1. The closest thing they had to a target was the “industry and politicians,” or the plants they blocked trains from, but no specific people were named who could answer to any demands

  2. The demand was a vague push for the Just Transition, but decision makers are willfully ignorant, dragging their feet, and outright oppositional so a broad stroke works better for publicity than actual results. Publicity alone does not work in a long term fight like ours because people want to see results and vague messaging only gets us part of the way there.


  1. Tie the action to a specific demand. Just because decision makers should know what steps they have the power to take towards the Just Transition, does not mean that they do. If we aren’t the leaders making the path towards a new economy, I don’t know how else will be. A good demand takes a lot of research to determine the best timing, the best targets, and whether the ask is bold but attainable vs unrealistic and not going to build momentum or even not big enough. Without doing that research, some quick examples to get the brain juices flowing could be: asking a politician for a moratorium on new fossil fuel infrastructure at an upcoming meeting; or the same demand of a the CEO of one of the companies pushing for development; or for specific politicians to take action on a powerful bill.

  2. Craft a strong narrative focussing on a single specific demand. By singling in on a specific demand, we are able to tell the many reasons that people think the demand is a good one and the diverse places they come from, physically and mentally. This creates a way for people to resonate in a lot of different ways and get on board with the movement.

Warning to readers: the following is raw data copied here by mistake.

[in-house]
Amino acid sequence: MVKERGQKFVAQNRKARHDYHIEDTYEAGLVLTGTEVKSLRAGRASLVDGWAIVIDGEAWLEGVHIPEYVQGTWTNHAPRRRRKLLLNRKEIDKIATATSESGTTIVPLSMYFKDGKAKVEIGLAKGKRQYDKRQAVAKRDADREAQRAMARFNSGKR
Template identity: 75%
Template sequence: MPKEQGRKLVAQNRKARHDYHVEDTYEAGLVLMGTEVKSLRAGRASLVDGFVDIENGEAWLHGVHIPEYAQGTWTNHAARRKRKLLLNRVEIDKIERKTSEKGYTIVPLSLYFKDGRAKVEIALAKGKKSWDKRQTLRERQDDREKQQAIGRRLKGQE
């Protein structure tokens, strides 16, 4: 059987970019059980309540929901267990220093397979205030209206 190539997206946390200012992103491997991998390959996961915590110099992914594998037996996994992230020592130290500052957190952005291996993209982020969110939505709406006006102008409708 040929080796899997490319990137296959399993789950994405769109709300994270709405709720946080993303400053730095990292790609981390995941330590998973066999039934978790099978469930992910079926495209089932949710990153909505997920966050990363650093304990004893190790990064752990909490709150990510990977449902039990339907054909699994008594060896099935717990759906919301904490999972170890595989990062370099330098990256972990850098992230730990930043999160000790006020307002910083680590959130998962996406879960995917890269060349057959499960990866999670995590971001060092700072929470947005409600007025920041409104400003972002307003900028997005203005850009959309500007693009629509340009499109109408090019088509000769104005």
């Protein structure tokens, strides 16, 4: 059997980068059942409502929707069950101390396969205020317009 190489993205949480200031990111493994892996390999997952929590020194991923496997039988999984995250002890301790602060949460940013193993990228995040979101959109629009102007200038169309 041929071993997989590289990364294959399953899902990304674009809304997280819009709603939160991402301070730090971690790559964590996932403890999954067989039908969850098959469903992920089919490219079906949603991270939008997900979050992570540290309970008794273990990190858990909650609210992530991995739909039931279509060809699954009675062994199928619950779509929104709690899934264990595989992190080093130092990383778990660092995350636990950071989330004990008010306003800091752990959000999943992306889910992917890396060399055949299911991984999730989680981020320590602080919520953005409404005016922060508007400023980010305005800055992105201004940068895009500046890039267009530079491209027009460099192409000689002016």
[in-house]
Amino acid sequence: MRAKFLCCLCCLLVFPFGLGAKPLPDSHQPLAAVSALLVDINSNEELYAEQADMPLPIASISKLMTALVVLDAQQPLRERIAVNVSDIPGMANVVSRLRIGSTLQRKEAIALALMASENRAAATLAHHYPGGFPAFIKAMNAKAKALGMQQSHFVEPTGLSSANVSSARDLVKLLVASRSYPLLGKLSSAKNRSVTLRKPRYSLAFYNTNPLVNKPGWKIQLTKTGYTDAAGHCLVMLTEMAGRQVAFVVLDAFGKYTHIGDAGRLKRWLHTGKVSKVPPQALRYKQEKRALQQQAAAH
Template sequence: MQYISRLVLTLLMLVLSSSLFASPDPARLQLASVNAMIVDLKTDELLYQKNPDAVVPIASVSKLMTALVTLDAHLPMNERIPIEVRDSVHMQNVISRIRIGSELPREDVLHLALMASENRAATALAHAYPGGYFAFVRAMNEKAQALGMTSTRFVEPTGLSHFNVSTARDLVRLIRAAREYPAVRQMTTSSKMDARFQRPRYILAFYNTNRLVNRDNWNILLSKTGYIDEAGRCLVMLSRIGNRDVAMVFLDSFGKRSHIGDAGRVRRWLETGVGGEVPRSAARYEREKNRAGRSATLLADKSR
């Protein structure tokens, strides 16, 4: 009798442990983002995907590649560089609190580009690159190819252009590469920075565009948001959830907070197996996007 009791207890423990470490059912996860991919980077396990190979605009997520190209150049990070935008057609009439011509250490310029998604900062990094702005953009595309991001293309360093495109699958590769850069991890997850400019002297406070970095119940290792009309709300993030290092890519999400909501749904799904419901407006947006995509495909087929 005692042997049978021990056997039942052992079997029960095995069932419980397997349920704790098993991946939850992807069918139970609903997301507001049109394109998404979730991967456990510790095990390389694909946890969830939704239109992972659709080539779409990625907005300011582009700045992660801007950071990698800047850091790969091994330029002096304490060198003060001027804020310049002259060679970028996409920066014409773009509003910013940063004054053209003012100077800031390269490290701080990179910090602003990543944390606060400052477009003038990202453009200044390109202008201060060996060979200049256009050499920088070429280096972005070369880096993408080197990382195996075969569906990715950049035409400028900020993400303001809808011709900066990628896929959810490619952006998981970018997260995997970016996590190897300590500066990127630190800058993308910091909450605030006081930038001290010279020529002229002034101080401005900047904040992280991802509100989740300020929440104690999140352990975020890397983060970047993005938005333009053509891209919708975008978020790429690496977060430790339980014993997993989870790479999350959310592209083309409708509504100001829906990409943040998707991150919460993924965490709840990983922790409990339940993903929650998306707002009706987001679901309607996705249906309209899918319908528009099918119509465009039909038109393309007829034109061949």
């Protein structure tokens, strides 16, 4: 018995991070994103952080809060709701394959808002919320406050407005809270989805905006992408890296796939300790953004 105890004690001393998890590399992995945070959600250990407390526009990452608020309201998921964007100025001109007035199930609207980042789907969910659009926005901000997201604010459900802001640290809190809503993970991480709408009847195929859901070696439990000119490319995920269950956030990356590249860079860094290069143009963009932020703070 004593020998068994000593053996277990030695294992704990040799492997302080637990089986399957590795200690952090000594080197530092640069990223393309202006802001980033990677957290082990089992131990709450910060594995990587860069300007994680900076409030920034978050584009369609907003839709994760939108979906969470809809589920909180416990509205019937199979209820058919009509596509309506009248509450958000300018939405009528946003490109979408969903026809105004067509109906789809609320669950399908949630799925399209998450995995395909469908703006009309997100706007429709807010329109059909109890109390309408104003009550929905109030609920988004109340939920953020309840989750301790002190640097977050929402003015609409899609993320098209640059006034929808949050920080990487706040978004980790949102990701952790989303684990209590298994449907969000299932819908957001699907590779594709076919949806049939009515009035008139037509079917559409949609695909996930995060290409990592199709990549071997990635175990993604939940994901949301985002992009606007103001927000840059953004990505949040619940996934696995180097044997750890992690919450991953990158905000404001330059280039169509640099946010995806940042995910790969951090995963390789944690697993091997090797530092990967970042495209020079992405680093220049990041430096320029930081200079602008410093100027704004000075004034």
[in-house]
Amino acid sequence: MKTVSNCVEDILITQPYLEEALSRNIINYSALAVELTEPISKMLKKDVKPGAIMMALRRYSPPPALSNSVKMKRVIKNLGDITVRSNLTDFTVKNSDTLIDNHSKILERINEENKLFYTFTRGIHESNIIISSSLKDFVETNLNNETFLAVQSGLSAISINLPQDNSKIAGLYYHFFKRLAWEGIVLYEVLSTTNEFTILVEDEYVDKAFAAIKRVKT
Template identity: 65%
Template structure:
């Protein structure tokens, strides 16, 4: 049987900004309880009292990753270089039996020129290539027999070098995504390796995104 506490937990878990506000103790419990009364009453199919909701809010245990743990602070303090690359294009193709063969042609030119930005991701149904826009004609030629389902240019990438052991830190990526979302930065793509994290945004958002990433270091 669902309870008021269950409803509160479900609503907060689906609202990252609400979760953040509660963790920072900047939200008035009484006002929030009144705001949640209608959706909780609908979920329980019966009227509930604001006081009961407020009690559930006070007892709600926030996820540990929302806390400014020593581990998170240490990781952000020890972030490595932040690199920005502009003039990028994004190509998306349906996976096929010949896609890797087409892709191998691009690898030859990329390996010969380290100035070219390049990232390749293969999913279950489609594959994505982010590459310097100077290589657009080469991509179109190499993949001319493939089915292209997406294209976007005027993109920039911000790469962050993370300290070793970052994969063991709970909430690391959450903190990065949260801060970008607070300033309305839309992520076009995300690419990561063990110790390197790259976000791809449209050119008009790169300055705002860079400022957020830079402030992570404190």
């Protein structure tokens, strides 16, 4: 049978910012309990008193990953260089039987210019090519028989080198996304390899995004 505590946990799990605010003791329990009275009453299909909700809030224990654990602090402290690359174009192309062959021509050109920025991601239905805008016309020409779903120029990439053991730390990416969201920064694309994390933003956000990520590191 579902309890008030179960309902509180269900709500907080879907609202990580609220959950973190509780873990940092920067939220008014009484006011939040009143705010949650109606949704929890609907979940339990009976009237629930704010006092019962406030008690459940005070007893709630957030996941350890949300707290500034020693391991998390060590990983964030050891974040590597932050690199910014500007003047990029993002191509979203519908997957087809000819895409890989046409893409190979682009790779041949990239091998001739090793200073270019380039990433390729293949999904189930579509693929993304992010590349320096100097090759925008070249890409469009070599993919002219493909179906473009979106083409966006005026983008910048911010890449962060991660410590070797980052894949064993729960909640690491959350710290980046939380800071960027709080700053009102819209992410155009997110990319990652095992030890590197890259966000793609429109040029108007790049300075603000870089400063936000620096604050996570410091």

3. Use the action to build more power in the long-term. Break Free created a shared movement moment, and everyone can go back to their local campaigns and build off of an action like Break Free to say, “But wait, there’s more!” Because the Just Transition is not one size fits all, and though we may share values, the specifics of each solution are exactly that: specific.


Overall, I would call Break Free and Break Free PNW a success. It is no small feat to pull that many people together, especially in the complex and intentional way that it was done. Curtis said his reason for attending was for the community building that happened across campaigns and tactics, and the main outcome he's proud of is the solidarity he felt throughout the weekend, especially while being arrested. I applaud everyone who did set the strategy for the action, all those who managed logistics, and everyone who took part in the weekend of action. The momentum we have built and continue building through individual campaigns and through collective actions like Break Free are exactly the reason we have to keep reflecting, learning, growing, and getting better. Going up against the fossil fuel industry is not easy and transitioning the economy is even more difficult; but the power we are building is a force to be reckoned with and I believe that we will win.


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© 2020 by Jesse Pettibone